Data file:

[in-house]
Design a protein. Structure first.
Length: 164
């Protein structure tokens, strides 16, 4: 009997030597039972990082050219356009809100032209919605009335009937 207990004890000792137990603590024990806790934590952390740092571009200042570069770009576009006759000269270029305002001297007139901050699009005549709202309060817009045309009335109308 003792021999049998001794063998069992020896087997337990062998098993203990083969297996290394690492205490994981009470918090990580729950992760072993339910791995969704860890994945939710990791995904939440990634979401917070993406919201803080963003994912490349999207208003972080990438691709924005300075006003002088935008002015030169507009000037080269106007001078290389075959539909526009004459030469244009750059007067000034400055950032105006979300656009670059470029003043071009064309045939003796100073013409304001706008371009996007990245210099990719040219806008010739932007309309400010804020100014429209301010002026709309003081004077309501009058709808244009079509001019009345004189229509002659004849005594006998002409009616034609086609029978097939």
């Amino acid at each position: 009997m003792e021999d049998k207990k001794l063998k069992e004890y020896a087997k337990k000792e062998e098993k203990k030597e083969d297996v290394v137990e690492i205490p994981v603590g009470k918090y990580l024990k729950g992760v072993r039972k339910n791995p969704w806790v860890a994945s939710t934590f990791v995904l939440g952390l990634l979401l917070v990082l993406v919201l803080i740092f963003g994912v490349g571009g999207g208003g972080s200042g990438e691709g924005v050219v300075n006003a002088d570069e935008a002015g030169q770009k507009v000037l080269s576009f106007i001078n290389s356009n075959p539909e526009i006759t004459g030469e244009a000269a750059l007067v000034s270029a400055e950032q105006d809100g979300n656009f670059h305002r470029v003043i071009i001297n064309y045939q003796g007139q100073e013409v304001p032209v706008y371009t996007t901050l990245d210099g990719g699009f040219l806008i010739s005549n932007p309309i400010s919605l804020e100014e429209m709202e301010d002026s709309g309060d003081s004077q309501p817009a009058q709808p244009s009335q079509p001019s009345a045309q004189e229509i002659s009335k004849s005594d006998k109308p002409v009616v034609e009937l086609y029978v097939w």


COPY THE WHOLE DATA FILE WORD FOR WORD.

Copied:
[in-house]
Design a protein. Structure first.
Length: 164
């Protein structure tokens, strides 16, 4: 009997030597039972990082050219356009809100032209919605009335009937 207990004890000792137990603590024990806790934590952390740092571009200042570069770009576009006759000269270029305002001297007139901050699009005549709202309060817009045309009335109308 003792021999049998001794063998069992020896087997337990062998098993203990083969297996290394690492205490994981009470918090990580729950992760072993339910791995969704860890994945939710990791995904939440990634979401917070993406919201803080963003994912490349999207208003972080990438691709924005300075006003002088935008002015030169507009000037080269106007001078290389075959539909526009004459030469244009750059007067000034400055950032105006979300656009670059470029003043071009064309045939003796100073013409304001706008371009996007990245210099990719040219806008010739932007309309400010804020100014429209301010002026709309003081004077309501009058709808244009079509001019009345004189229509002659004849005594006998002409009616034609086609029978097939």
């Amino acid at each position: 009997m003792e021999d049998k207990k001794l063998k069992e004890y020896a087997k337990k000792e062998e098993k203990k030597e083969d297996v290394v137990e690492i205490p994981v603590g009470k918090y990580l024990k729950g992760v072993r039972k339910n791995p969704w806790v860890a994945s939710t934590f990791v995904l939440g952390l990634l979401l917070v990082l993406v919201l803080i740092f963003g994912v490349g571009g999207g208003g972080s200042g990438e691709g924005v050219v300075n006003a002088d570069e935008a002015g030169q770009k507009v000037l080269s576009f106007i001078n290389s356009n075959p539909e526009i006759t004459g030469e244009a000269a750059l007067v000034s270029a400055e950032q105006d809100g979300n656009f670059h305002r470029v003043i071009i001297n064309y045939q003796g007139q100073e013409v304001p032209v706008y371009t996007t901050l990245d210099g990719g699009f040219l806008i010739s005549n932007p309309i400010s919605l804020e100014e429209m709202e301010d002026s709309g309060d003081s004077q309501p817009a009058q709808p244009s009335q079509p001019s009345a045309q004189e229509i002659s009335k004849s005594d006998k109308p002409v009616v034609e009937l086609y029978v097939w």